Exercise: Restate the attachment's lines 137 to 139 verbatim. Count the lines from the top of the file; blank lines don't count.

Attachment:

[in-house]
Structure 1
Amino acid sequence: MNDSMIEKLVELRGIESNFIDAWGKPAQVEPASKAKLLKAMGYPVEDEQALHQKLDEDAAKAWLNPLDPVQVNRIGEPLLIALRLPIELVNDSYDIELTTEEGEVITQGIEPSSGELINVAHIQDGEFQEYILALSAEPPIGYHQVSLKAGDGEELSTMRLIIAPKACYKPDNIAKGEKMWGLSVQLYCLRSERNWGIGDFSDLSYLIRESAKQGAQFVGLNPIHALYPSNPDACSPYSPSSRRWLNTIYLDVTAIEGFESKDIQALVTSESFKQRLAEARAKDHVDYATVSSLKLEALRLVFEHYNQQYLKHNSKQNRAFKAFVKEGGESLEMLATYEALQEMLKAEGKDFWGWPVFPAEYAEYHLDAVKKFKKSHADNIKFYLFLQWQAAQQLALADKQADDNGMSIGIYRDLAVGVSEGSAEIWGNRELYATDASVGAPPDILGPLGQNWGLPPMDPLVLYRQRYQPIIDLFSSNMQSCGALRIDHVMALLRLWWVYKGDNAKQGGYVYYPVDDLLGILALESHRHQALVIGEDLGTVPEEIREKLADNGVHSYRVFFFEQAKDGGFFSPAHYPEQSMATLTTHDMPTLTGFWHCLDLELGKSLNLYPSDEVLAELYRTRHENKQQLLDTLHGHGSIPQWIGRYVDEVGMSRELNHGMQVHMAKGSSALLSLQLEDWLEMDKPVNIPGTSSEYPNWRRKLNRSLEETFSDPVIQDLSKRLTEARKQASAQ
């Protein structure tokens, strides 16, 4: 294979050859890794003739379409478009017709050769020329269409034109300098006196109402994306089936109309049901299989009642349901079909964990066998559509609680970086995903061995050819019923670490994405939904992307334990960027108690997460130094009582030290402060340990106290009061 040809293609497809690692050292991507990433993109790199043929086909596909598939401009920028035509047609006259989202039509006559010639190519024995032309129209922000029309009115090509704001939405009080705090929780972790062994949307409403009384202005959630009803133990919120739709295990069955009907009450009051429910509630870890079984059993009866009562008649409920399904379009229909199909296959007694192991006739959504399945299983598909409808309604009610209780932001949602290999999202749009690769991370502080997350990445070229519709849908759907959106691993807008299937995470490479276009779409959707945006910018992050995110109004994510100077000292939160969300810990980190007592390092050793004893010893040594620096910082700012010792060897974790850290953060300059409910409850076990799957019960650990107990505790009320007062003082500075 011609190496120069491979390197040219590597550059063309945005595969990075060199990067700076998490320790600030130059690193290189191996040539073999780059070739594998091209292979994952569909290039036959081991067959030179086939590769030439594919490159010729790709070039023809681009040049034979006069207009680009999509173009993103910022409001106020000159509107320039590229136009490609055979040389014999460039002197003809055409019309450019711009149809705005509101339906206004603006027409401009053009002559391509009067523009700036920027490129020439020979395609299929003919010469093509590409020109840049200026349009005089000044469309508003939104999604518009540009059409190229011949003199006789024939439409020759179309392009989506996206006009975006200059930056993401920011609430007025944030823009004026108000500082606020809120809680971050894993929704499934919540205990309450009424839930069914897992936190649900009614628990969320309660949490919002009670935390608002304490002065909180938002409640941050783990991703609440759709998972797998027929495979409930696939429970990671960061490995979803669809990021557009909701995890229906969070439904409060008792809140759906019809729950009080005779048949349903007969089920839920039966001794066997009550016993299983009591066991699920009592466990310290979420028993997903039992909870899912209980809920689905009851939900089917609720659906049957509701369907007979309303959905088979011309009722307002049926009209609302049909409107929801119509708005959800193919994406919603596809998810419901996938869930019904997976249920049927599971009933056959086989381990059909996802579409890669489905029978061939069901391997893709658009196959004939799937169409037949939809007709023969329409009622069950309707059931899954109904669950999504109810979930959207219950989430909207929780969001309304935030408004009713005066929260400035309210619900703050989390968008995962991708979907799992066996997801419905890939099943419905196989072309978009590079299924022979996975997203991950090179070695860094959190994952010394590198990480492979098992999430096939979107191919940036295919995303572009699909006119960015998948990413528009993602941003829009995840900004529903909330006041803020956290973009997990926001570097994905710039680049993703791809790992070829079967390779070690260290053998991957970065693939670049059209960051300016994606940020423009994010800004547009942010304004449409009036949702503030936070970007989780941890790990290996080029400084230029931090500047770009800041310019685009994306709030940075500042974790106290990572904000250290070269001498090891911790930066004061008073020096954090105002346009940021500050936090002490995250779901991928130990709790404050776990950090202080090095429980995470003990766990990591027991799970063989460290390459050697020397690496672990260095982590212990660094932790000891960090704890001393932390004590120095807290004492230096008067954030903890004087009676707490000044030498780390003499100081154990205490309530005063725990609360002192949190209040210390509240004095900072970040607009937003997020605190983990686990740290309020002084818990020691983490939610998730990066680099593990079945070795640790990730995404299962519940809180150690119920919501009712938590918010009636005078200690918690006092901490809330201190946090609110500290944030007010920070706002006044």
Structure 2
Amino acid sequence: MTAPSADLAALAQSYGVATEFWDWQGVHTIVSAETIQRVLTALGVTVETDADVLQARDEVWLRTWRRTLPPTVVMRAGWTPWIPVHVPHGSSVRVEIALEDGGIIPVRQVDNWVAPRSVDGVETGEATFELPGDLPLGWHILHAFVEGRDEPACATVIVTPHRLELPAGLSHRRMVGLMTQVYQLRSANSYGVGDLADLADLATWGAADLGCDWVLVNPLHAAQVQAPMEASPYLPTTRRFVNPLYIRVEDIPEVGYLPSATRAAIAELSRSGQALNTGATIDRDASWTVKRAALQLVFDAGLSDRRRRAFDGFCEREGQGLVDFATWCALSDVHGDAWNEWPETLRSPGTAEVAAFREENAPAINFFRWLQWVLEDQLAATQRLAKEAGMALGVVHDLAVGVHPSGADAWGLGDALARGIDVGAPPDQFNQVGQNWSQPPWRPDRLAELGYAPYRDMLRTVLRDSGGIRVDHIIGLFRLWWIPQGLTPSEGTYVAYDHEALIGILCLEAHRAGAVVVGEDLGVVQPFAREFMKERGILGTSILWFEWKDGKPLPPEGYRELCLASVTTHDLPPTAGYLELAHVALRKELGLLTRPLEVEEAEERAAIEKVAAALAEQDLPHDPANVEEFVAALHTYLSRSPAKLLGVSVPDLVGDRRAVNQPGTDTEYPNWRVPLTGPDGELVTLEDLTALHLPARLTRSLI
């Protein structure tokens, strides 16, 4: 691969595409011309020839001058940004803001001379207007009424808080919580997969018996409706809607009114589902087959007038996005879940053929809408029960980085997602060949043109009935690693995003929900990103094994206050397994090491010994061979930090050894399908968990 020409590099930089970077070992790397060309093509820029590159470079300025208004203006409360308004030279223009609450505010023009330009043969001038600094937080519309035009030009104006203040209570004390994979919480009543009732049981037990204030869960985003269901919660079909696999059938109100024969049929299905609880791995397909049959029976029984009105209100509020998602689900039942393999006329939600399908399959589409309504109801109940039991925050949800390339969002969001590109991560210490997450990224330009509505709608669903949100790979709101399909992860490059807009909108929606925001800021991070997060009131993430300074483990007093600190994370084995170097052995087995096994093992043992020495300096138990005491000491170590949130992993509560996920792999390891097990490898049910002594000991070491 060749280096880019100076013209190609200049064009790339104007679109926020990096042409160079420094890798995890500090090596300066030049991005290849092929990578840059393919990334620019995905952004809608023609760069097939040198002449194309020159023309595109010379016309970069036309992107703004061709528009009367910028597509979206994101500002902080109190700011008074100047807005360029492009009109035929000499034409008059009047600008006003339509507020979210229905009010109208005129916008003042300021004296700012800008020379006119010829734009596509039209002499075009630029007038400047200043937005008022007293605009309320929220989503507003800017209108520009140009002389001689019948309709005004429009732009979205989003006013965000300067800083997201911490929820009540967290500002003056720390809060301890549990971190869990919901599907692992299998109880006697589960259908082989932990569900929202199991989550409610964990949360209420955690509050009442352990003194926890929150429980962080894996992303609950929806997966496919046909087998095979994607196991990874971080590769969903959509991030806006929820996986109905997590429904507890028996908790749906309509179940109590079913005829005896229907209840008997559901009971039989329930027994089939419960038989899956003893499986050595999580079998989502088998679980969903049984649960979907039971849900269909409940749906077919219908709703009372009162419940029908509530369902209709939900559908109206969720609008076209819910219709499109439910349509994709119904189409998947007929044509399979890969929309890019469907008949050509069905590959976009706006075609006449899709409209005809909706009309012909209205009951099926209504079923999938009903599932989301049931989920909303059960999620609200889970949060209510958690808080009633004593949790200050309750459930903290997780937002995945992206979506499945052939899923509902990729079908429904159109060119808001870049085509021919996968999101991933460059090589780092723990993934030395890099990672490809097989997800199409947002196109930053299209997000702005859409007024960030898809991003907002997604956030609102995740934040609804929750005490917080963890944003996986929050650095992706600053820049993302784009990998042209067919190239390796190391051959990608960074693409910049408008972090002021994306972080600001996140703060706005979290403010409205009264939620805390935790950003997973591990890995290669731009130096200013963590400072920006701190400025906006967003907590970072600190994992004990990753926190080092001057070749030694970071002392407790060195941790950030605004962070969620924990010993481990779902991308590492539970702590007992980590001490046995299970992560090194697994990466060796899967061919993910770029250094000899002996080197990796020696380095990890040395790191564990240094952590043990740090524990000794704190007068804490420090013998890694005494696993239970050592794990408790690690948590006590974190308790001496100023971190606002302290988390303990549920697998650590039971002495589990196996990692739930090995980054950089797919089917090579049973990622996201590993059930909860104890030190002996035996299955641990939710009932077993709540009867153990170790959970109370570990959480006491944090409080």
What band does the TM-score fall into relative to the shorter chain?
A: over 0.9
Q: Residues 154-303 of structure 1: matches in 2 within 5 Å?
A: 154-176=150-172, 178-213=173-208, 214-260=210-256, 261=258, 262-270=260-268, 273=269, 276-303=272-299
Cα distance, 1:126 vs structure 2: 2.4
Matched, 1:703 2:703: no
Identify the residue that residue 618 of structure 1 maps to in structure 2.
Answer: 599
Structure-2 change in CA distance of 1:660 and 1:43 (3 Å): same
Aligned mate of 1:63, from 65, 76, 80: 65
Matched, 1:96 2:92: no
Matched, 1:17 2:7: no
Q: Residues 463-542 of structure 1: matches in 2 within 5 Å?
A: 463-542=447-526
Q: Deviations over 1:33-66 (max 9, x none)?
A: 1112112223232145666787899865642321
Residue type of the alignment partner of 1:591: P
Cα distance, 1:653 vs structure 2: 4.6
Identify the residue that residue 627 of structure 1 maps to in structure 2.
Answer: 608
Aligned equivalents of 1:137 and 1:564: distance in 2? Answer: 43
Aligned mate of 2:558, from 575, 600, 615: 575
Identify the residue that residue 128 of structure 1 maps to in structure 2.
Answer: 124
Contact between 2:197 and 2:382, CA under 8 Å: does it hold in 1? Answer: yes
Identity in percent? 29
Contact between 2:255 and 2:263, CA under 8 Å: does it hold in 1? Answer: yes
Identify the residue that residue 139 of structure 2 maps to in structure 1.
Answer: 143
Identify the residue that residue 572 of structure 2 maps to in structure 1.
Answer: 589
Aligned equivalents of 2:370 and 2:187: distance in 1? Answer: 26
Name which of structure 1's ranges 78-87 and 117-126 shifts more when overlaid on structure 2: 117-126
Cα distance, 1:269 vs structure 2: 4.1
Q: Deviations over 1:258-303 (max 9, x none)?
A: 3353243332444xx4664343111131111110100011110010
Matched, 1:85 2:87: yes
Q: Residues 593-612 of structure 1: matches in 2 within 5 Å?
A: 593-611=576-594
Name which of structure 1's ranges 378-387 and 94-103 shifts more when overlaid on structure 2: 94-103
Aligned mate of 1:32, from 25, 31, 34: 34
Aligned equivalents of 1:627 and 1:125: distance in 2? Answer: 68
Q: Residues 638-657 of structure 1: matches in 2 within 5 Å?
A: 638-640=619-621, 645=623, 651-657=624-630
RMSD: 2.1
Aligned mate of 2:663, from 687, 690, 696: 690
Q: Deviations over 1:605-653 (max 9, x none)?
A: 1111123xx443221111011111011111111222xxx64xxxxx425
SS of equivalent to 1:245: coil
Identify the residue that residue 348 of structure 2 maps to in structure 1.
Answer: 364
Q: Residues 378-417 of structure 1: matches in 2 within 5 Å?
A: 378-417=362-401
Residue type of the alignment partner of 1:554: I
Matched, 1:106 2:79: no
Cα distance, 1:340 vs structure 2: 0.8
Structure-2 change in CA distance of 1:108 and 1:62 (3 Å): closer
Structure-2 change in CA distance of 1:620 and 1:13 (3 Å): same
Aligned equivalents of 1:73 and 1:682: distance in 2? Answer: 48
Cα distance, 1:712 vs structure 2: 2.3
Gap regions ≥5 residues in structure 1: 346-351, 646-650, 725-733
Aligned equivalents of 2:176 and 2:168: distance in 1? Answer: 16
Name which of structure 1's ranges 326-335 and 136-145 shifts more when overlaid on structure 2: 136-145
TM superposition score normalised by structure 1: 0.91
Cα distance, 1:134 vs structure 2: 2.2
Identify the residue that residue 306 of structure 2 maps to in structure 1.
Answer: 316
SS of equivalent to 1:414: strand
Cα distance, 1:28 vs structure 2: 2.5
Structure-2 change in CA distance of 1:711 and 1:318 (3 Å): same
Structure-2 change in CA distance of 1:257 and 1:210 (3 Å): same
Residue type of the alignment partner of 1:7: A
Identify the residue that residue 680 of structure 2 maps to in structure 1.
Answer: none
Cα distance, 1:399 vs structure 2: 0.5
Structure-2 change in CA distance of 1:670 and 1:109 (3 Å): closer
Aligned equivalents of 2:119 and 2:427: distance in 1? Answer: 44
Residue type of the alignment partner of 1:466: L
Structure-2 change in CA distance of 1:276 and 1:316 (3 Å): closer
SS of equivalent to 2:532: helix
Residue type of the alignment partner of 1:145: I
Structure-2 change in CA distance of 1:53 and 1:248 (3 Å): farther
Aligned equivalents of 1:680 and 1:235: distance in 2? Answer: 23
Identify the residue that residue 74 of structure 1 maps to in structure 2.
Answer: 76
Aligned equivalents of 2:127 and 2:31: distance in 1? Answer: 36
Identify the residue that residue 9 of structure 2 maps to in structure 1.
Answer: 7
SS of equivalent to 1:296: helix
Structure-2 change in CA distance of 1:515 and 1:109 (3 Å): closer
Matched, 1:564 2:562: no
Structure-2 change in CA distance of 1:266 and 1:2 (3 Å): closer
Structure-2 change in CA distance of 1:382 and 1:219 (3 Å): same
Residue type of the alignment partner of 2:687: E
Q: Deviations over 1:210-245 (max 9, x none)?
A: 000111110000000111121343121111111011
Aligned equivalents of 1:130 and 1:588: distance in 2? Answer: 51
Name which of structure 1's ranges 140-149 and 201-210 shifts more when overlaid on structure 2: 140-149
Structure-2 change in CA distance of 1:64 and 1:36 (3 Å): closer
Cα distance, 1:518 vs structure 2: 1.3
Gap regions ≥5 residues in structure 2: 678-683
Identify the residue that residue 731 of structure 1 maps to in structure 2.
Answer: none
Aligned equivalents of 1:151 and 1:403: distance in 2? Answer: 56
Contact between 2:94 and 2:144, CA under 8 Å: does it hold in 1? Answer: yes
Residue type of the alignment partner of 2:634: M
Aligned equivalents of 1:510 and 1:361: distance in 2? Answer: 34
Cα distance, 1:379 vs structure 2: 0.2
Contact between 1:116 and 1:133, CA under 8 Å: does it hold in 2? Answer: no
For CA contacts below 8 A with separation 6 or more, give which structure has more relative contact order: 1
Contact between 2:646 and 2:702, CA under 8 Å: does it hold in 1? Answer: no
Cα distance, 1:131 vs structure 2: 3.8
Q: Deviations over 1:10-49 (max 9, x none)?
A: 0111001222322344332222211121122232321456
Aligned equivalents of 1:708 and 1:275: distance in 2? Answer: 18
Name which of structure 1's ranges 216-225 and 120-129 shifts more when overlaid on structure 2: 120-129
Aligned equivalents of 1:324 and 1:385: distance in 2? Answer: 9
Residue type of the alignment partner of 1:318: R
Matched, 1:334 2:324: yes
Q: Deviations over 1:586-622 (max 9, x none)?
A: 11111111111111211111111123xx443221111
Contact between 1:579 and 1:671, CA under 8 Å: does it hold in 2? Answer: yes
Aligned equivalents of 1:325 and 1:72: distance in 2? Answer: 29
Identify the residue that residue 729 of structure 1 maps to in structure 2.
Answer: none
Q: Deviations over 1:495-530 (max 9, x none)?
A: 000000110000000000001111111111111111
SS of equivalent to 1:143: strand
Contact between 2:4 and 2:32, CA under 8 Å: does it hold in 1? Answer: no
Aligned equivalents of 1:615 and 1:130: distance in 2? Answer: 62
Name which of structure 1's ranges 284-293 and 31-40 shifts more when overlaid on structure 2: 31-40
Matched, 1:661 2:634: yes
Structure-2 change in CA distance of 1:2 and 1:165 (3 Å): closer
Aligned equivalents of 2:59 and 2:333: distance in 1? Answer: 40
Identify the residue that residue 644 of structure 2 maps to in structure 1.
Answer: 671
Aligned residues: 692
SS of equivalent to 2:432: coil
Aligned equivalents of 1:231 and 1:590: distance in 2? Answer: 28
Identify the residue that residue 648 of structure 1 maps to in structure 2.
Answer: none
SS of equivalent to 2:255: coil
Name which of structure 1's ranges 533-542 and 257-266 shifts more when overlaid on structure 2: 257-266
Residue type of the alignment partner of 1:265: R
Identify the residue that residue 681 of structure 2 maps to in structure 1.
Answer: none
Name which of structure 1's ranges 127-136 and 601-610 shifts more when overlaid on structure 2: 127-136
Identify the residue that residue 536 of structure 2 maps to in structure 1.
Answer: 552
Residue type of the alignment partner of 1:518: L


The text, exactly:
Aligned equivalents of 1:615 and 1:130: distance in 2? Answer: 62
Name which of structure 1's ranges 284-293 and 31-40 shifts more when overlaid on structure 2: 31-40
Matched, 1:661 2:634: yes